That radar, a WSR-88D model, is the most powerful one tasked with scanning the skies in northern Virginia, central Maryland, the eastern panhandle of West Virginia and the District. It’s part of a network of 159 such Doppler radars maintained by the NWS nationwide. Each radar emits high-frequency pulses of energy, a portion of which bounce off precipitation targets and offer valuable information from inside a storm.
While the radar is down, forecasters will rely on airport radars and NWS radars at adjacent offices in State College, Pa.; Pittsburgh; Mount Holly, N.J.; Wakefield, Va.; Dover, Del.; Blacksburg, Va.; and Charleston.
This network of radars can stitch together a reasonable representation of storm surveys.
The region has some of the best radar coverage in the country thanks to four smaller, less-powerful “terminal” radars at the three major airports — Dulles, Reagan National and BWI Marshall — as well as Andrews Air Force Base. Those radars are useful for aircraft in detecting changing winds during takeoff and landing.
Until the broken radar is fixed, only the airport terminal radars will be available for radar coverage below 8,000 feet. The nearest NWS radar, situated in Dover, nearly 90 miles east of Washington, D.C., can collect some data above that level, as can surrounding radars at somewhat higher altitudes.
Aside from a few showers on Friday, significant weather requiring serious radar monitoring is not expected through the weekend. But next week’s weather pattern could see more turbulent storm systems, which could make the absence of the Sterling radar more consequential.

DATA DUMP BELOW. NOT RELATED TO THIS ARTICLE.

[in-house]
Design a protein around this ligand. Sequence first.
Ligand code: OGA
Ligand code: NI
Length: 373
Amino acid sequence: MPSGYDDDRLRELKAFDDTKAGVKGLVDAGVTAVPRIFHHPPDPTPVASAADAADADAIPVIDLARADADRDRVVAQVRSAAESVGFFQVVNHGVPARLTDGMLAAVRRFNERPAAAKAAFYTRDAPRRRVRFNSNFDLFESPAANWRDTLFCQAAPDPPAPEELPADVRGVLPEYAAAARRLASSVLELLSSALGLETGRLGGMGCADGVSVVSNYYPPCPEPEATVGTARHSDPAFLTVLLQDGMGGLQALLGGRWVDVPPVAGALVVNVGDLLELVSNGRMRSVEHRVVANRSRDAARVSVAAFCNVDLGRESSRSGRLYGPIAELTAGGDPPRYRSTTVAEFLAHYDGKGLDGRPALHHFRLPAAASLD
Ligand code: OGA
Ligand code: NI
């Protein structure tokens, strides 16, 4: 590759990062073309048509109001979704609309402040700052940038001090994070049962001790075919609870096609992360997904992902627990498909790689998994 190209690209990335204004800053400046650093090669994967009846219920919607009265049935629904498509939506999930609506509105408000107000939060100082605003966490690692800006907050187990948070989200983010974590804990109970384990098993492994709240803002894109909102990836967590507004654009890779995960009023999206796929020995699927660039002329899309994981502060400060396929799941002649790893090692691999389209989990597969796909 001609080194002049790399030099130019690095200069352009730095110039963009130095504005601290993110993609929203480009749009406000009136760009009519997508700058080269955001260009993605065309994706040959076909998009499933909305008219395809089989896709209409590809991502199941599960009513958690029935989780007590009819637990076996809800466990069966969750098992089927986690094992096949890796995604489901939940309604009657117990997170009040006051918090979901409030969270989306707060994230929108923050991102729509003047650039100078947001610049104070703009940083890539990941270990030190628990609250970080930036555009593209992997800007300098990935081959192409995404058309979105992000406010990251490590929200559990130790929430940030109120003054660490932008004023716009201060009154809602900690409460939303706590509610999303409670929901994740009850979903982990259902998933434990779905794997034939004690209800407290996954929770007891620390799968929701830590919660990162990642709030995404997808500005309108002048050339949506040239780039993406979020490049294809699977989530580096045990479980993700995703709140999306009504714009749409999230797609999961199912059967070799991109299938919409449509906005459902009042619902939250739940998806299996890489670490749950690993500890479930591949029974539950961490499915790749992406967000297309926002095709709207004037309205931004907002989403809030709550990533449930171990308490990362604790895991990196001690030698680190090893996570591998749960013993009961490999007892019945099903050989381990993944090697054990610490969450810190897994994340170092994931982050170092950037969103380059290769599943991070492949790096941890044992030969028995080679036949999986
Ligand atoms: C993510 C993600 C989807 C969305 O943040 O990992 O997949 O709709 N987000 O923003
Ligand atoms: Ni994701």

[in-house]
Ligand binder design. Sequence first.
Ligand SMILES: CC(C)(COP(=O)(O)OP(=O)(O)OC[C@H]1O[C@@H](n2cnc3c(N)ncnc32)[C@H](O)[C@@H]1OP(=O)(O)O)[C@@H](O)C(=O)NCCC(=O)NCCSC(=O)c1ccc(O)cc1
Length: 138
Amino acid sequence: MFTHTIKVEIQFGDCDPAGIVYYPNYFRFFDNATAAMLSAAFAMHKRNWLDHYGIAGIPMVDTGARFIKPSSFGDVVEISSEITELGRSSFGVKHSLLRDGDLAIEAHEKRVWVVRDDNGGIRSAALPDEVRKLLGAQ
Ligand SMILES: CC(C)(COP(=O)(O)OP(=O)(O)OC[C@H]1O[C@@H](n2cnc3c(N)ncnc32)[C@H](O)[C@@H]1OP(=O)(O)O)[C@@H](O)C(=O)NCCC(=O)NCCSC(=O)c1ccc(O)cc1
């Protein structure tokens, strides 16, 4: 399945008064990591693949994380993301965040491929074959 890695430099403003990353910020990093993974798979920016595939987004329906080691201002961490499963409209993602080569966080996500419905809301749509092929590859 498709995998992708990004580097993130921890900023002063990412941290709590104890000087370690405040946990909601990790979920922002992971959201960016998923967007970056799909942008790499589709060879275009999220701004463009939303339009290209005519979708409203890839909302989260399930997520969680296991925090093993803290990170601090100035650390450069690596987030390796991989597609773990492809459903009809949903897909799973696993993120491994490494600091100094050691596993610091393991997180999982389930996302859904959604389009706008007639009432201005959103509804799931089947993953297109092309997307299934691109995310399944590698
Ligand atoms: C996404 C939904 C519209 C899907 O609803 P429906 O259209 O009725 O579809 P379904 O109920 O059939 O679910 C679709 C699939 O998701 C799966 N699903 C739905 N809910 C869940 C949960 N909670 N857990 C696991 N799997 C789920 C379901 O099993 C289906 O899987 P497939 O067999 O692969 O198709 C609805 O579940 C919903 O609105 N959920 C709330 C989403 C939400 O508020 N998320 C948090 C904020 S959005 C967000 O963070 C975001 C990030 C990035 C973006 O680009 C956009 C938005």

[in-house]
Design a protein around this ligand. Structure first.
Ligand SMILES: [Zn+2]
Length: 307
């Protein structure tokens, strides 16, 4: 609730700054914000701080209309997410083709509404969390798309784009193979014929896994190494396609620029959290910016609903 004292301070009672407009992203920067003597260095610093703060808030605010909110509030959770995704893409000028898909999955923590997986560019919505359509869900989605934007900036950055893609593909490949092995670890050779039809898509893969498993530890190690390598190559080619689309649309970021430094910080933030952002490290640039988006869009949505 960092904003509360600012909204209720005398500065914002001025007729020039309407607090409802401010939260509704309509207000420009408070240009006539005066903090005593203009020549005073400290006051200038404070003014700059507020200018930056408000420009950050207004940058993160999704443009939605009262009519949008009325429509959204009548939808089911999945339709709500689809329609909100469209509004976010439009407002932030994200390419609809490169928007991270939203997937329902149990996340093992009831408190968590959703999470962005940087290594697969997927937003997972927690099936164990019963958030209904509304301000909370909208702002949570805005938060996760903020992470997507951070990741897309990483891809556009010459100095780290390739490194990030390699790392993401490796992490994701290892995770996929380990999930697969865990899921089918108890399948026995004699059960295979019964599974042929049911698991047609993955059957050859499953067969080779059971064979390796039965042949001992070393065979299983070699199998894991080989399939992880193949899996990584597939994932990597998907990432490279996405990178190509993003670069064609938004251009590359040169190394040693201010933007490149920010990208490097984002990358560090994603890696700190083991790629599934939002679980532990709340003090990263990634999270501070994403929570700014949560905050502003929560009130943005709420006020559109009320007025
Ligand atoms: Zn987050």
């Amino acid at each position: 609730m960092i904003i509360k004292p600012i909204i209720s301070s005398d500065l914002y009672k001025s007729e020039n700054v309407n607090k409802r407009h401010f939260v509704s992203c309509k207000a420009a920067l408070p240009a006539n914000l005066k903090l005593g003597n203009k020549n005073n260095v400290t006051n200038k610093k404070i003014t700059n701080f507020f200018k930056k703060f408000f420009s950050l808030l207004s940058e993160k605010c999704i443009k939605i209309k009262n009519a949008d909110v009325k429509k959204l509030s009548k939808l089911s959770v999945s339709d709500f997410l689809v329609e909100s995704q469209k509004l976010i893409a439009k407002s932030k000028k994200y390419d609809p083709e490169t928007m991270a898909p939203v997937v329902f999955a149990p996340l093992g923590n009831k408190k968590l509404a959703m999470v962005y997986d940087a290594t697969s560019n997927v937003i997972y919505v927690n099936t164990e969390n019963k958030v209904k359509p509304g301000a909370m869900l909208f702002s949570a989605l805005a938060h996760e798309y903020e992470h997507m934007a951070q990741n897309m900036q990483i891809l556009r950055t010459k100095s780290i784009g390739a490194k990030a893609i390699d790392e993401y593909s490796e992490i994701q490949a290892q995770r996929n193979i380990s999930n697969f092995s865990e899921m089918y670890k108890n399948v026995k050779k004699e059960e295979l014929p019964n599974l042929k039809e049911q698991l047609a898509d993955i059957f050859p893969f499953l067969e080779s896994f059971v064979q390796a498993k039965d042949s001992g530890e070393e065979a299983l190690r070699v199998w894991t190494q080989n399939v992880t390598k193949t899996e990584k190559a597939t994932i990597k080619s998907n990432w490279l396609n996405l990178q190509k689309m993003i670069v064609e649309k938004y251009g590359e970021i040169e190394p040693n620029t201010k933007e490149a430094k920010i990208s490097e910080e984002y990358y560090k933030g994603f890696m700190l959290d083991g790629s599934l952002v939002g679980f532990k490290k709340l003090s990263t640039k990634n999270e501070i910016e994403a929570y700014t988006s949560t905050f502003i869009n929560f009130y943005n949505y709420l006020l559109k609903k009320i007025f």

Meteorologists at the NWS in Sterling don’t know how long this outage will last. A team of specially trained radar technicians from the National Oceanic and Atmospheric Administration’s Radar Operations Center in Norman, Okla., are set to arrive by Saturday morning.
“They’re driving out here,” said Austin Mansfield, a meteorologist at the NWS in Sterling. “They have all their materials with them, so they can assess the damage and make a repair.”
The team is to set inspect the gear box inside the radome, the large golf ball-like bubble that houses the actual rotating antenna. A series of gears are responsible for driving that spinning apparatus. When they break, the delays can increase.
“The bull gear would be worst-case scenario,” Mansfield explained. “This repair usually takes about 10 days.”
The bull gear is about a foot and a half to two feet wide, and replacing it means hoisting the radar antenna off its pedestal inside the dome. That’s no easy task.
Mansfield said the office’s staff was discovered an issue “when red alerts [popped] up on screen” and data scans stopped coming in. Electronics technicians in Sterling weren’t able to fix it, so the folks in Oklahoma were called in.
Two years ago, the NWS in Wakefield, Va., suffered a similar failure with the bull gear. Getting that radar back in shape took weeks.
“You start to get a lot of noise with a vibration,” recalled Jeff Orrock, the meteorologist in charge in Wakefield. “You could hear it. You could feel the whole tower have a vibration within it. We knew we had a substantial problem.”
Diagnosing the problem and shipping out parts were time-consuming, said Orrock. The team from Norman also had to build scaffolding inside the radar.
“They had to open up a couple of the fiberglass panels [on the radome] to load up the scaffolding,” Orrock explained. “They had a small lift crane loading stuff, but they knocked it out fast. They worked long days.”
The NWS Radar Operations Center is in the midst of the Service Life Extension Program, which seeks to lengthen the lifetime of the U.S. Doppler radar network. Each radar was originally built to last 20 years; the goal of the Service Life Extension Program is to double that.
The Sterling radar was taken offline for several days in July 2017 for the first in a series of upgrades to extend its lifetime through the 2030s.
Jason Samenow contributed to this report.